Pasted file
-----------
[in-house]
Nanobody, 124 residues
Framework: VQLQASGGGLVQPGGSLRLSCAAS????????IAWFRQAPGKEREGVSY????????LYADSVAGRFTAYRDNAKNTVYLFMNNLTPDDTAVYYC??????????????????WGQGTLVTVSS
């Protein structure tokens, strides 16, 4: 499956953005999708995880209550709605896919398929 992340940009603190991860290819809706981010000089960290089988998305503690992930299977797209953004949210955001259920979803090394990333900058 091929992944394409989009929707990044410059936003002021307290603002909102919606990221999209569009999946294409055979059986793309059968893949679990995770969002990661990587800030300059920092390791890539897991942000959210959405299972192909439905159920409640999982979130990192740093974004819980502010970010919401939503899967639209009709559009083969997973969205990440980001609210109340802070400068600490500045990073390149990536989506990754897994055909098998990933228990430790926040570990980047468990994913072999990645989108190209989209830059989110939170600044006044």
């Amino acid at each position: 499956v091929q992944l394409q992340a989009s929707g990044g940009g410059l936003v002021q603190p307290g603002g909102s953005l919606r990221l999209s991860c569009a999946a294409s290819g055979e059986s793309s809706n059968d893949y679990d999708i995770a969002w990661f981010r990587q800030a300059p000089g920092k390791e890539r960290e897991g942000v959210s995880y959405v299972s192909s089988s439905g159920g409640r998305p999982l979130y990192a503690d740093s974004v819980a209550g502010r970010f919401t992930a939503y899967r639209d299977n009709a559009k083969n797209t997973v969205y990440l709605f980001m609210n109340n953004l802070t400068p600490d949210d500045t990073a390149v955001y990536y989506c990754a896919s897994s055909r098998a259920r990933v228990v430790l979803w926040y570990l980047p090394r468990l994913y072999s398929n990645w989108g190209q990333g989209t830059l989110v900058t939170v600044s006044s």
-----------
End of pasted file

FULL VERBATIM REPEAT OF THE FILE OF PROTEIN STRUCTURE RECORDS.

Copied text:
[in-house]
Nanobody, 124 residues
Framework: VQLQASGGGLVQPGGSLRLSCAAS????????IAWFRQAPGKEREGVSY????????LYADSVAGRFTAYRDNAKNTVYLFMNNLTPDDTAVYYC??????????????????WGQGTLVTVSS
């Protein structure tokens, strides 16, 4: 499956953005999708995880209550709605896919398929 992340940009603190991860290819809706981010000089960290089988998305503690992930299977797209953004949210955001259920979803090394990333900058 091929992944394409989009929707990044410059936003002021307290603002909102919606990221999209569009999946294409055979059986793309059968893949679990995770969002990661990587800030300059920092390791890539897991942000959210959405299972192909439905159920409640999982979130990192740093974004819980502010970010919401939503899967639209009709559009083969997973969205990440980001609210109340802070400068600490500045990073390149990536989506990754897994055909098998990933228990430790926040570990980047468990994913072999990645989108190209989209830059989110939170600044006044």
């Amino acid at each position: 499956v091929q992944l394409q992340a989009s929707g990044g940009g410059l936003v002021q603190p307290g603002g909102s953005l919606r990221l999209s991860c569009a999946a294409s290819g055979e059986s793309s809706n059968d893949y679990d999708i995770a969002w990661f981010r990587q800030a300059p000089g920092k390791e890539r960290e897991g942000v959210s995880y959405v299972s192909s089988s439905g159920g409640r998305p999982l979130y990192a503690d740093s974004v819980a209550g502010r970010f919401t992930a939503y899967r639209d299977n009709a559009k083969n797209t997973v969205y990440l709605f980001m609210n109340n953004l802070t400068p600490d949210d500045t990073a390149v955001y990536y989506c990754a896919s897994s055909r098998a259920r990933v228990v430790l979803w926040y570990l980047p090394r468990l994913y072999s398929n990645w989108g190209q990333g989209t830059l989110v900058t939170v600044s006044s």